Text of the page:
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RUSH: Henry Hyde passed away. I met Henry Hyde a number of times and once socially at the Four Seasons hotel in Georgetown down in the private room. There were a bunch of us down there, Bill Bennett and Bill Kristol. It was a dinner in his honor for a couple things, the way he had always stood fast on the issue of life and the way he conducted the House managers during the impeachment of Bill Clinton. The way he presided over the impeachment hearings was masterful. He was faithful to history; he was faithful to the Constitution; he didn’t allow it to become a sideshow, but he also didn’t allow it to become derailed by other people. He took his responsibilities very seriously; he had a grand, grand sense of humor, just a tremendously gracious guy, loved an adult beverage and a cigar. He was also the leading voice of the unborn, not in a shrill way. He was articulate; he was compassionate and sincere; and he’s going to be missed.

I hope, if history is faithful to events, he will be remembered as one of the standouts of the House of Representatives. I admired him greatly. I mean the first time I met him, I was asked to emcee something in Washington. It was in the late eighties, early nineties, and I had just started this show, within a year or two, and it was some Washington hotel, I forget what it was, but I think it was an event to celebrate Ollie North for the way he had taken it to the select committee there on the Iran-Contra thing. I had a grand time that night introducing all of the speakers, and I remember saying, ‘So Ollie lied to Congress. Yay!’ (clapping) I forget the columnist’s name, but there was some liberal columnist was in there, I’m sorry to insult this guy by not remembering his name, but he wrote a piece the next day, ‘Well, what an event this was, the emcee was applauding and encouraging everybody to lie to Congress.’ Well, a bunch of pack rat Democrats who were lying about what had gone on in the first place and were standing in the way of the advance of US foreign policy and national defense against a beachhead the Soviets were trying to create down in Nicaragua.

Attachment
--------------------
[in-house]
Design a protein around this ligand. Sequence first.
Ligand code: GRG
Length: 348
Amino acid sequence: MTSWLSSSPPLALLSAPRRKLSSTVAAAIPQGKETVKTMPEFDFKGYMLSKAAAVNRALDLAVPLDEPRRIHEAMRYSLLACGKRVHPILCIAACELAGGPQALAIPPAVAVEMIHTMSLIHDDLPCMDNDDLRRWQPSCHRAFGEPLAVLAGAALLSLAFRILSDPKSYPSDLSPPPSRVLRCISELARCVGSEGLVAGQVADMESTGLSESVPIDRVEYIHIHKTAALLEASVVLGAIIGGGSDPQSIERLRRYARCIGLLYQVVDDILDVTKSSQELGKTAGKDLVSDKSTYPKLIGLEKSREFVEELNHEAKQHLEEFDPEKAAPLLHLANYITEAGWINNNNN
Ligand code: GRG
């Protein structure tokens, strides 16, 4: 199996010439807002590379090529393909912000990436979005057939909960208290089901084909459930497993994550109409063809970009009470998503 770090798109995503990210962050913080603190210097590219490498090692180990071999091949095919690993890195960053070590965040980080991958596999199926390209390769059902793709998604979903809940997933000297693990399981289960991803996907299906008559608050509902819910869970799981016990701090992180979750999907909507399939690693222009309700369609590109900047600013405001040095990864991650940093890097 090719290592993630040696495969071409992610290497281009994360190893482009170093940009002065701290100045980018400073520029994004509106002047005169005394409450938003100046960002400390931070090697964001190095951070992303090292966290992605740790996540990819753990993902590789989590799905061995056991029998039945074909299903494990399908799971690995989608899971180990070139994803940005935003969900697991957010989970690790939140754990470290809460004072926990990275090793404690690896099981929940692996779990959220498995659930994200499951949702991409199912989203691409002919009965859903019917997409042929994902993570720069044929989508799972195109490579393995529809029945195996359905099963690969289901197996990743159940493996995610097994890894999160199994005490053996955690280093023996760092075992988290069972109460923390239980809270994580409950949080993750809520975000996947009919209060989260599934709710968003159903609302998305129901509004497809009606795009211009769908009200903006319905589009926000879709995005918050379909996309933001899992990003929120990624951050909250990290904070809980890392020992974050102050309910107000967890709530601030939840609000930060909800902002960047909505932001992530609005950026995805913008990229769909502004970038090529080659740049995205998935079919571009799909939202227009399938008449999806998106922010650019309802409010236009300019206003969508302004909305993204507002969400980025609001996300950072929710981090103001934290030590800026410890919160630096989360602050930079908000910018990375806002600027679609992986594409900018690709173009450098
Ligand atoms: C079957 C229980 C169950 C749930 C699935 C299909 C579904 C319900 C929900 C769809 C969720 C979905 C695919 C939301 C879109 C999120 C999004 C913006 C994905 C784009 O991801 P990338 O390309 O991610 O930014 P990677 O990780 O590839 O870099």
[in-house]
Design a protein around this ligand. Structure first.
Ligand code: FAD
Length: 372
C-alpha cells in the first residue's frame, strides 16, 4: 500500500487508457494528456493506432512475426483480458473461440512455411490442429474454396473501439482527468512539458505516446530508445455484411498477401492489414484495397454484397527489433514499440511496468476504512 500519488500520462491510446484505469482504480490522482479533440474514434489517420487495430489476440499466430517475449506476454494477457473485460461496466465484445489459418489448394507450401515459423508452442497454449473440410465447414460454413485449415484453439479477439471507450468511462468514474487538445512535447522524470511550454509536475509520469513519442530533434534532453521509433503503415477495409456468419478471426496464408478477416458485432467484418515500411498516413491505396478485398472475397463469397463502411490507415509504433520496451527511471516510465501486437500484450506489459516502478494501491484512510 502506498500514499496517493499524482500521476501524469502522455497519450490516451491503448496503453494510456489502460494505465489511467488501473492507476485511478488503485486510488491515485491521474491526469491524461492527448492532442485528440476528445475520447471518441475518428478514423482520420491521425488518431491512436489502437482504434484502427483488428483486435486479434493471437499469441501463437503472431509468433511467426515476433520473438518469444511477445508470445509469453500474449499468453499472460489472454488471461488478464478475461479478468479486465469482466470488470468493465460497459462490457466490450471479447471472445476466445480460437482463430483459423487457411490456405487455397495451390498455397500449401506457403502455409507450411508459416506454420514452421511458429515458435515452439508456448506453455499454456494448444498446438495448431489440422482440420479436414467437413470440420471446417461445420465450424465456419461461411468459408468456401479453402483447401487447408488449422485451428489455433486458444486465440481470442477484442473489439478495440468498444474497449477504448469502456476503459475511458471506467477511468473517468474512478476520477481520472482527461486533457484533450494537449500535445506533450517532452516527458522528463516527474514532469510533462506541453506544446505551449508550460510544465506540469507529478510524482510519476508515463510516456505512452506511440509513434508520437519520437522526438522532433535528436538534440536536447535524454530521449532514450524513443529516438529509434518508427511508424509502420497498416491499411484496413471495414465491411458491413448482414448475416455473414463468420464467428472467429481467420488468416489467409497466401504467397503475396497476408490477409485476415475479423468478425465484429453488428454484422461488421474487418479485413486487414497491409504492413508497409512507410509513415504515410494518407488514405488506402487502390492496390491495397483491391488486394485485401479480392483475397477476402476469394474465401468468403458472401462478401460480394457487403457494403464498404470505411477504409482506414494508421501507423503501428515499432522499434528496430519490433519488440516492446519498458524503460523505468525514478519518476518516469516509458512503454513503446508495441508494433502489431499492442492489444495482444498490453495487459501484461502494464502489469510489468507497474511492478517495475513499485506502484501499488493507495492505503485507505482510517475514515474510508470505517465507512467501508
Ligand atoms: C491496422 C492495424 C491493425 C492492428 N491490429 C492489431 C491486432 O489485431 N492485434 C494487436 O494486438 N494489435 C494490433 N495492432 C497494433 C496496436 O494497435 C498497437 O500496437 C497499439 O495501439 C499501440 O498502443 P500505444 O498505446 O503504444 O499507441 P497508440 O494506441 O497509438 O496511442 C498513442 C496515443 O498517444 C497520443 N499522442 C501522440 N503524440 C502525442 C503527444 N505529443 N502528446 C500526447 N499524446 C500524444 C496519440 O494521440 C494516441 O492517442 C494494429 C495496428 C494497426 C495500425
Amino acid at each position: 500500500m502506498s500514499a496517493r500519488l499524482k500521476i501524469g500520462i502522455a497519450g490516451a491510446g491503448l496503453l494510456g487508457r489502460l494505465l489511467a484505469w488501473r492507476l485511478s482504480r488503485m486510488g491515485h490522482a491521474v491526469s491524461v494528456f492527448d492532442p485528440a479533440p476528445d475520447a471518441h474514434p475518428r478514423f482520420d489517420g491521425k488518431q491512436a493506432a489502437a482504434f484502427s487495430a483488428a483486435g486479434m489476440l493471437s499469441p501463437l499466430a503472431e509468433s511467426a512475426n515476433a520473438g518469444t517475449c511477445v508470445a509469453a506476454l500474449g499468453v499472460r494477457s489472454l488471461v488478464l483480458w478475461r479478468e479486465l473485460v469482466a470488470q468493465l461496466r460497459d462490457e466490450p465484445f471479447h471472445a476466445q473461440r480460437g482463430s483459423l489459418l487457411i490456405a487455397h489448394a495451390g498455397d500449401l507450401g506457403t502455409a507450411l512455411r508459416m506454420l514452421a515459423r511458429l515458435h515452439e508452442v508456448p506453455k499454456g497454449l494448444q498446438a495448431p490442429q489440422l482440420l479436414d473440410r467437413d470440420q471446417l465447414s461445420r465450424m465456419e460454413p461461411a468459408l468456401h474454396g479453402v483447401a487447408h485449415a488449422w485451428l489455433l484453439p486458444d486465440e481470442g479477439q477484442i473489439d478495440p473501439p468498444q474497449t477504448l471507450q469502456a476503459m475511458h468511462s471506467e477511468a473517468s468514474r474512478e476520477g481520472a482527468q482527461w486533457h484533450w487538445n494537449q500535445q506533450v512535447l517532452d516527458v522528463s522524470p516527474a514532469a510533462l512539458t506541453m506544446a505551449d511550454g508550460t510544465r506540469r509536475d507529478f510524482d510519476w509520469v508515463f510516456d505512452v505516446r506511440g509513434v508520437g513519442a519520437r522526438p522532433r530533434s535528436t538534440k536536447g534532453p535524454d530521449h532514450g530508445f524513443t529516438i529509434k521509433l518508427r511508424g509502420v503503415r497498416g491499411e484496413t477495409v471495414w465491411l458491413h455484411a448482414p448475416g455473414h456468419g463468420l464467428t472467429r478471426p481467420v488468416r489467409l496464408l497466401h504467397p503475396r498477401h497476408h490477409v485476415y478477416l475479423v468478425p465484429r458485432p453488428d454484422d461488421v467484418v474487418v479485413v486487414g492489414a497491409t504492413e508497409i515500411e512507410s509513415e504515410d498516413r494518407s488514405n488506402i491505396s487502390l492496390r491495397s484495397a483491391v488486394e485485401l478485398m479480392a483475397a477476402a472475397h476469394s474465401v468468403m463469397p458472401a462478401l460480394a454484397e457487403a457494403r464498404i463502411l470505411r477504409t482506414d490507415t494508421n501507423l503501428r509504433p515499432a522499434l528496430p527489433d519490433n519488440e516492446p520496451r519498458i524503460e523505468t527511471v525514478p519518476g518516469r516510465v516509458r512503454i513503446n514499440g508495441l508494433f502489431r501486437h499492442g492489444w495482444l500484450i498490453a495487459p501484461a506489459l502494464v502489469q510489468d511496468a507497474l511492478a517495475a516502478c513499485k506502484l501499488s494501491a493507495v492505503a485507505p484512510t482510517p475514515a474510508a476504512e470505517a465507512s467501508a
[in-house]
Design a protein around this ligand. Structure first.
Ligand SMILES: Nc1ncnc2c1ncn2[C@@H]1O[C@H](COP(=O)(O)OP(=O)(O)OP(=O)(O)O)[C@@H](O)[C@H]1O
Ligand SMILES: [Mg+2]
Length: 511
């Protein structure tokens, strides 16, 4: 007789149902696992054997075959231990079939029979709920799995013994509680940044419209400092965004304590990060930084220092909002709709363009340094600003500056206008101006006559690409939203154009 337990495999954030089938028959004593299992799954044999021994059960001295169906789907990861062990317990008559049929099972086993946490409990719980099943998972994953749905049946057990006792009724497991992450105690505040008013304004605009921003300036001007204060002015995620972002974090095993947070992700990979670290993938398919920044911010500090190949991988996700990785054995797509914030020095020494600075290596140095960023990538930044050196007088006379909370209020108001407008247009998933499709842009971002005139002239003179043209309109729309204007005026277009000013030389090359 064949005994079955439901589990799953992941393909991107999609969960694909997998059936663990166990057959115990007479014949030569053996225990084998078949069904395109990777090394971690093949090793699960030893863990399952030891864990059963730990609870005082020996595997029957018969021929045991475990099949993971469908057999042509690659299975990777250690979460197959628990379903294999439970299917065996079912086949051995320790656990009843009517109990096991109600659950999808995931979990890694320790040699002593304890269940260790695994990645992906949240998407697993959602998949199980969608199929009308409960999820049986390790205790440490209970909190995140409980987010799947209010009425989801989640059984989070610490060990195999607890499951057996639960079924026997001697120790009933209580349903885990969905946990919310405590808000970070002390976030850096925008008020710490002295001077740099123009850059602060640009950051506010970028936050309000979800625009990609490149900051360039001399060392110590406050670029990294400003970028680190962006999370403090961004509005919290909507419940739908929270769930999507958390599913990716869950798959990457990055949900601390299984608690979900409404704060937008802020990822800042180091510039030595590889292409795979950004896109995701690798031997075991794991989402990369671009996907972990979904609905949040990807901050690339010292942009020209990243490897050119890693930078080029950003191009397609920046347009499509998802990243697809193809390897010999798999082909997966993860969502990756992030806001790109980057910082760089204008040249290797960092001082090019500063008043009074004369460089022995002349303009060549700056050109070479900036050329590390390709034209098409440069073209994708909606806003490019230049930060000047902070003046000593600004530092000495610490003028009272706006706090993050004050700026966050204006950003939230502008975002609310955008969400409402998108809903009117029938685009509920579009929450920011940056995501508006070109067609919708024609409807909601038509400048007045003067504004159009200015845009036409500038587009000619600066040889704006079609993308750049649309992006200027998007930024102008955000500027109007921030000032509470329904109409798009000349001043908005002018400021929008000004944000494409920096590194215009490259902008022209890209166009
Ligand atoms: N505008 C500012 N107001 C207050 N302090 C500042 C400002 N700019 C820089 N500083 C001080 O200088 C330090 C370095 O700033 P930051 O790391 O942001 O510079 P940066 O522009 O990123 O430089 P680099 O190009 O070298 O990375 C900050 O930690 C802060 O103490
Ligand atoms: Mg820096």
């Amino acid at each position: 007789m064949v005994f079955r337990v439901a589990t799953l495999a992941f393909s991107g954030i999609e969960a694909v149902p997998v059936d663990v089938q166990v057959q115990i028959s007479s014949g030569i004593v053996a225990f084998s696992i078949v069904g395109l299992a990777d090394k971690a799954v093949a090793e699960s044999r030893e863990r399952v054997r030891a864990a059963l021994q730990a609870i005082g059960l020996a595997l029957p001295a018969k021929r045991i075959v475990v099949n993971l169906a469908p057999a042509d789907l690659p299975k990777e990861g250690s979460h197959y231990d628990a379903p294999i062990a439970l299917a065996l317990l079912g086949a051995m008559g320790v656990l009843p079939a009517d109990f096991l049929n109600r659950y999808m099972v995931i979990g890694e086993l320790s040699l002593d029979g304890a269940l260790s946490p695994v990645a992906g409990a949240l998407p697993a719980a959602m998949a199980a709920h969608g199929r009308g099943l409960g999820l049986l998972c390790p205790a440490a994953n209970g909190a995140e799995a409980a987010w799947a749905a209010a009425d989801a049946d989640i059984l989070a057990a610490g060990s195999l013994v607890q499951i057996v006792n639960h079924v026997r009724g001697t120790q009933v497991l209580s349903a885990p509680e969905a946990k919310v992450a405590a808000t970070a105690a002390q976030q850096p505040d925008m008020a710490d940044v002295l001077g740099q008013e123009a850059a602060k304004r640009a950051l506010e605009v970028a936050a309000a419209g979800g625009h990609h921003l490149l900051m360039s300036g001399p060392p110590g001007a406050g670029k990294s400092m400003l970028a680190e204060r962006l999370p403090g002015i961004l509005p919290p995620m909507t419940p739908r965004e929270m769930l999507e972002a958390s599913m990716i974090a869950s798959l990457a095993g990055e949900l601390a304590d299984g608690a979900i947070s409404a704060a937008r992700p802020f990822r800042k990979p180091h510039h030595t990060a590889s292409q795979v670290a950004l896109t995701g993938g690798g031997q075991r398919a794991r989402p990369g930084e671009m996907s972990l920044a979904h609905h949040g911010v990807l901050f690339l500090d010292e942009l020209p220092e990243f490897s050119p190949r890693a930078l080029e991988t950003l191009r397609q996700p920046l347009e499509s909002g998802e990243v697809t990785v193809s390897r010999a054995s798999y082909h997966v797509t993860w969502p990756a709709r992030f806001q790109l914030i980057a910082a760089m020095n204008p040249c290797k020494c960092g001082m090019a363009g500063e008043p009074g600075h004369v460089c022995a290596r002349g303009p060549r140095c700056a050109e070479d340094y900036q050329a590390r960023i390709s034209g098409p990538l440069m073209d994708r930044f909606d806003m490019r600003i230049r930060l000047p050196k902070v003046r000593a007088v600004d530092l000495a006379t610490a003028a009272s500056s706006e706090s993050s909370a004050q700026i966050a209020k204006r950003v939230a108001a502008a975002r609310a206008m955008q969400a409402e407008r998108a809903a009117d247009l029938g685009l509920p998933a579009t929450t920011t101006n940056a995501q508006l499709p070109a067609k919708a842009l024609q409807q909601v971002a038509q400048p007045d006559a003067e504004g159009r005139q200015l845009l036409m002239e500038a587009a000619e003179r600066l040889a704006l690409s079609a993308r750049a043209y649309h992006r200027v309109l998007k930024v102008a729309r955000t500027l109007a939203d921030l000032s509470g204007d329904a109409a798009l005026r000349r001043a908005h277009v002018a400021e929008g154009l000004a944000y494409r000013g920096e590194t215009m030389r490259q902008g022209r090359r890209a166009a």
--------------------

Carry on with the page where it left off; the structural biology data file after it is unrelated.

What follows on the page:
Henry Hyde was one of the speakers, Pat Robertson was one of the speakers, a lot of people. After it was all over, Henry Hyde, and the first time I had met him, came up and said, ‘You are a good emcee.’ He was just as gracious and nice as he could be. He reminded me a lot of my paternal grandparents in terms of his dignity and his stature, his sense of humor, even temper and temperament, he was just a gentleman through and through, and he will be missed, as I say.

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